Big EV Trucks Are Still Big Trucks

We shouldn’t be surprised by the electron guzzlers

As the price of gas crept over $6 a gallon in California, I expected to see fewer large pickups barreling down the highway at 80-plus miles per hour. Surely the easy-to-understand economics of the situation would dissuade people from driving like a bat out of hell. Anecdotally, it didn't. 

The 2022 GMC Hummer EV.


This brings us to the expected hand-wringing about the efficiency of the Hummer EV. A vehicle that, since its introduction, has been the source of rightful hand-wringing. Yes, it's an electric vehicle, but it's also not all that efficient. It's heavy, uses quite a lot of electricity to travel anywhere, and it's enormous. In other words, it's a Hummer. 

This all came to a head this past week when the nonprofit organization American Council for an Energy-Efficient Economy (ACEEE) published research showing that the Hummer EV produced more CO2 than the Chevy Malibu. The piece came up with the Hummer's emissions number using a national electrical grid average, which means it could be far less in some areas of the country and far more in others. 

Not Surprising

The inefficiency of the Hummer EV has been discussed (again) since its unveiling. The fact that it emits more CO2 than a vehicle with an EPA-rated combined 32 miles per gallon isn’t ideal, but it’s also far better than reintroducing the Hummer as a gas-powered vehicle. That’s not to excuse GM for putting out something enormous for the sake of enormity. GM built the Hummer EV because people would buy it. 

In fact, the automaker is slowly working its way through 70,000 pre-orders for the gigantic pickup. 

Not Alone

While the Hummer is the target, it’s not alone as an inefficient EV. All EV trucks are rolling around with huge batteries in order to appease the range demands of customers. The Ford F-150 Lightning can travel up to 320 miles on a single charge with an extended-range battery, but that pack is a huge 131-kWh. 

The electric GMC Hummer.


The Rivian’s max-pack, which offers over 400 miles of range, comes in at a whopping 180-kWh. While Tesla and Lucid boast about how efficient their vehicles are, that’s not what’s happening in the EV truck world.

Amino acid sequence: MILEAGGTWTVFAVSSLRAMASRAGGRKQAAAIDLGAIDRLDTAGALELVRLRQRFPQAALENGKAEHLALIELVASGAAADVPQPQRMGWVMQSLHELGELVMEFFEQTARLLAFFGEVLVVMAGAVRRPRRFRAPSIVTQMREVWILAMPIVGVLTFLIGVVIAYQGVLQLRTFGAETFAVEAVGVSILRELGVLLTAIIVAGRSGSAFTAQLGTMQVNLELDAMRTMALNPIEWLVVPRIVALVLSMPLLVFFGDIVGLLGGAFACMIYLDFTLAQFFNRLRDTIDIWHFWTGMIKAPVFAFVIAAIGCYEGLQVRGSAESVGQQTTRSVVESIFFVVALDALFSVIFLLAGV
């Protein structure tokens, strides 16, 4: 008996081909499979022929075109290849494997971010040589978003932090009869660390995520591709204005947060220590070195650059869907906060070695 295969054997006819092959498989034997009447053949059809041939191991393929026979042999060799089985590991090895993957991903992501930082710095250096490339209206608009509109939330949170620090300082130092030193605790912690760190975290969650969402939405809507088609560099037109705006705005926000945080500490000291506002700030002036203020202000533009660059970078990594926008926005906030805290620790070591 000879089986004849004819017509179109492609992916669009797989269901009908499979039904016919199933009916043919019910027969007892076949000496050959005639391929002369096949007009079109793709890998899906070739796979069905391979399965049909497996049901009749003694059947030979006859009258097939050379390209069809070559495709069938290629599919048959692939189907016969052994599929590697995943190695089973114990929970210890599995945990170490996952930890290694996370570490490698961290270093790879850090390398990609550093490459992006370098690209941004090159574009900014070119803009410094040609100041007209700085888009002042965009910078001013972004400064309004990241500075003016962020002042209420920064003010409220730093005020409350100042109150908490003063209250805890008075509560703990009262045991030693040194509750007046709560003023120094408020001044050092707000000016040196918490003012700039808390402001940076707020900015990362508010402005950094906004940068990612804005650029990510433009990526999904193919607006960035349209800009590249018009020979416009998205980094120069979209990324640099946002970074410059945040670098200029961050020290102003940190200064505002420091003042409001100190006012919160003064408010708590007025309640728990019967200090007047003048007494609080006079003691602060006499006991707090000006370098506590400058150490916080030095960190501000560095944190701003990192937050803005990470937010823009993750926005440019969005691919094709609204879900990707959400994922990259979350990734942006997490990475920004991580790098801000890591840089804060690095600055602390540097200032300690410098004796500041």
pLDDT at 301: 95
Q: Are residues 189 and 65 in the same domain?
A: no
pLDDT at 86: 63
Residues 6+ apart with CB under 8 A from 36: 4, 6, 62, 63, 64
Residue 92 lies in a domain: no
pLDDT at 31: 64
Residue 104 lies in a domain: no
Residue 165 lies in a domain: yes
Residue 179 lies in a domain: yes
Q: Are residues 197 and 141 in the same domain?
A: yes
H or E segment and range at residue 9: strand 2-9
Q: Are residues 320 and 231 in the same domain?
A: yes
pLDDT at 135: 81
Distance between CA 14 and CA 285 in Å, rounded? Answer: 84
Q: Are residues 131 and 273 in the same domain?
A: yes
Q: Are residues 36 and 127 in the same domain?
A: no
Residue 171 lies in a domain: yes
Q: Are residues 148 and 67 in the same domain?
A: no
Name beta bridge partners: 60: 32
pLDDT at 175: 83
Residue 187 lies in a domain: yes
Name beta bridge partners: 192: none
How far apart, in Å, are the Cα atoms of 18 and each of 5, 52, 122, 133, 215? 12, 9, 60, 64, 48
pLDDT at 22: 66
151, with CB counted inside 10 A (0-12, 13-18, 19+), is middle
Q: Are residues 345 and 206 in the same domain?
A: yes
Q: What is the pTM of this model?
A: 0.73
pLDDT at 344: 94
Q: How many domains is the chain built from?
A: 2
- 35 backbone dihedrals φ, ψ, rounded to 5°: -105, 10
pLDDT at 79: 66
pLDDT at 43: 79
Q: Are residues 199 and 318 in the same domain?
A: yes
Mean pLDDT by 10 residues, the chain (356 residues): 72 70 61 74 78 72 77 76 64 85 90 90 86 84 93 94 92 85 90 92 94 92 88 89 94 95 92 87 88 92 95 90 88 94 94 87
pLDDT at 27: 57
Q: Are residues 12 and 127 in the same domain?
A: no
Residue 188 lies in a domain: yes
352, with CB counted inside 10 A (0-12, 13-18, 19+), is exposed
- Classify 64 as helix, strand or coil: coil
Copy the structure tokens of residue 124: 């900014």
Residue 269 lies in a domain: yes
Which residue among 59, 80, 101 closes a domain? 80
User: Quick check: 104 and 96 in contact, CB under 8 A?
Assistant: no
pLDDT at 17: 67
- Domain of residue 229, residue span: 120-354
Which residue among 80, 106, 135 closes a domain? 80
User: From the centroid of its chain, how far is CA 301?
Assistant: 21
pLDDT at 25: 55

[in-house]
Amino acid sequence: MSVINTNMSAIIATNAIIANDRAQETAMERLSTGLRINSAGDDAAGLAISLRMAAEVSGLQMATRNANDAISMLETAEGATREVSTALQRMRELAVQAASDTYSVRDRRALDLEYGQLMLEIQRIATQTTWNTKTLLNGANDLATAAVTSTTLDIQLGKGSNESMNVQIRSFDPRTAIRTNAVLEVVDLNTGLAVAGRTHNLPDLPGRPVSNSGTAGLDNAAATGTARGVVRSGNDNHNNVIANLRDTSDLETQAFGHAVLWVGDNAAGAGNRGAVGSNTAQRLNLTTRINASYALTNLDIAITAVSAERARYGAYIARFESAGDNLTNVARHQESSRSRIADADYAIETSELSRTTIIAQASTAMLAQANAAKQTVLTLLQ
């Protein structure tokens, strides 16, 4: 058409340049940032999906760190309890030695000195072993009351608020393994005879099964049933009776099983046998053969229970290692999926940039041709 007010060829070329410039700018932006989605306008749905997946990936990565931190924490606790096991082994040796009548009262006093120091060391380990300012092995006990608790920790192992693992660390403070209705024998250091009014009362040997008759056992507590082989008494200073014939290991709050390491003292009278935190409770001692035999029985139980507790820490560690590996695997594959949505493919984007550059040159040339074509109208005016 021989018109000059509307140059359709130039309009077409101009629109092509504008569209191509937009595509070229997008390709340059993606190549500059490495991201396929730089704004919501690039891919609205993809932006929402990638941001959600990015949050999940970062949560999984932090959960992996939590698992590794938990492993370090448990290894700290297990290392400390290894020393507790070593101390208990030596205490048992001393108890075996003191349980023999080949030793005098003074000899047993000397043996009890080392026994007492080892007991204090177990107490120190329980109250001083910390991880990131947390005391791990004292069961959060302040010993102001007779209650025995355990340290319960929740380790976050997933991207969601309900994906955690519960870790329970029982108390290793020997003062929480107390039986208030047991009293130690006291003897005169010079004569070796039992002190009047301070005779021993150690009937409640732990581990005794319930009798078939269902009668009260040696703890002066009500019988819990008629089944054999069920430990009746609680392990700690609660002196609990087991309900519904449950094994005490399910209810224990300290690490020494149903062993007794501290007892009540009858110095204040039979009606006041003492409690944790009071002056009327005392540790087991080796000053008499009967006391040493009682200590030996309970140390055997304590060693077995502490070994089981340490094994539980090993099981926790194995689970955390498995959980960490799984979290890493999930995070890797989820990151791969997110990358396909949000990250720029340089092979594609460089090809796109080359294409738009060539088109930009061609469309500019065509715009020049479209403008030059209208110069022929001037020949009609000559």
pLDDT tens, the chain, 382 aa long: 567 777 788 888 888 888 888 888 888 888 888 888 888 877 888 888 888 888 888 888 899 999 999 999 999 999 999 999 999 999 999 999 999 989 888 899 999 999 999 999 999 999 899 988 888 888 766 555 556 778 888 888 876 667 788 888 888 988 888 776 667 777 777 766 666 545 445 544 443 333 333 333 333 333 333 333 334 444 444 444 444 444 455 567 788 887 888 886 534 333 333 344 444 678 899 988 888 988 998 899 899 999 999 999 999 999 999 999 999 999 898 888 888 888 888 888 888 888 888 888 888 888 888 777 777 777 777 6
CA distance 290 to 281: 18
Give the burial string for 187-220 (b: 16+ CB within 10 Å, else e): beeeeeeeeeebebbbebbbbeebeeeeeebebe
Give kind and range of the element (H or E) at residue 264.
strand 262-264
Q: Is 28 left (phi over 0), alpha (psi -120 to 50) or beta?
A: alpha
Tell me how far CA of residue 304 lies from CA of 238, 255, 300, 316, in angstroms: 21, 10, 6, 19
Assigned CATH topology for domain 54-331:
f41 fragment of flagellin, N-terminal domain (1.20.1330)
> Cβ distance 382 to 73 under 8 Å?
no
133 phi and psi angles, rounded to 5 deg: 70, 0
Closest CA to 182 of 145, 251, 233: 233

The Customers

This brings us back to the folks driving their gas-powered lifted pickups like they’re transporting hearts to nearby hospitals. Not all truck owners feel the need for speed. Many just need a utility vehicle to get a job done—whether it’s their actual employment or something that needs to be done around the house. Truck people love their trucks the way convertible people love convertibles.

Moving someone from a gas truck to an EV is a huge deal. It’s not the equivalent of moving them over to, say, an EV sedan, mostly because they’re not going to buy that vehicle. You have to give the people what they want. And they want trucks.

Not So Fast

That doesn't let the Hummer EV and its owners off the hook. If you really want an inefficient vehicle, maybe you don't get the tax incentives of, say, someone buying a Hyundai Ioniq 5. The current federal incentives are based on battery size, which might've been a good idea a decade ago, but now, efficiency should be the deciding factor. 

We have a gas-guzzler tax, and it's time to consider electron guzzlers. Again, right now, as we move to electric vehicles, we should be reducing the incentives for highly inefficient vehicles, not making them more expensive. I feel like a broken record, but an EV F-150 on the road is better than a gas-powered F-150. No matter how you move the number around, that's just a given.

Front view of the electric GMC Hummer.



Speaking of the Ford F-Series truck, it’s been the best-selling vehicle in the United States for 40 years. A lot of those sales are to fleets, contractors, landscapers, etc. There are so many pickups on the road taking care of business that they almost become invisible, but their environmental impact isn’t. If we could half that in the next 10 years, that would be a huge achievement. 

The work these people need to do to make a living is done with a smaller impact on our environment. Trucks mean jobs for so many customers. You might covet a pickup because of your love of pickups, but for many, it’s a livelihood. And while not as efficient as a small EV, putting an electric powertrain in a truck is a game-changer.

The Whole System

We sometimes put our entire clean future on the conversion to EVs. The Hummer EV is an easy target because it's ridiculously large and inefficient as an EV. It makes for fun headlines, and it's easy for the average reader to understand. Articles about the grid, though? Not so much. They can be dense and with few options for the average consumer. 

For many, there is one option for power coming to their homes, and they have no choice in the matter. We can't shop around for a better utility company. If we're lucky, we can add solar panels and batteries to our home, but it's expensive and takes years to make that money back on electric costs. There's no easy consumer call-to-action when talking about the grid like there is with EVs.  

The thrust of the Hummer EV research piece was its CO2 emissions based on the average energy production of the US grid. It's important to remember that two things can be true. The Hummer EV and EV trucks, in general, are not as efficient as smaller EVs, but also, the grid needs to evolve as well. 

Oh, and to the people with the giant trucks: slow down. Have you not seen the price of gas?

Want to know more about EVs? We have a whole section dedicated to electric vehicles!

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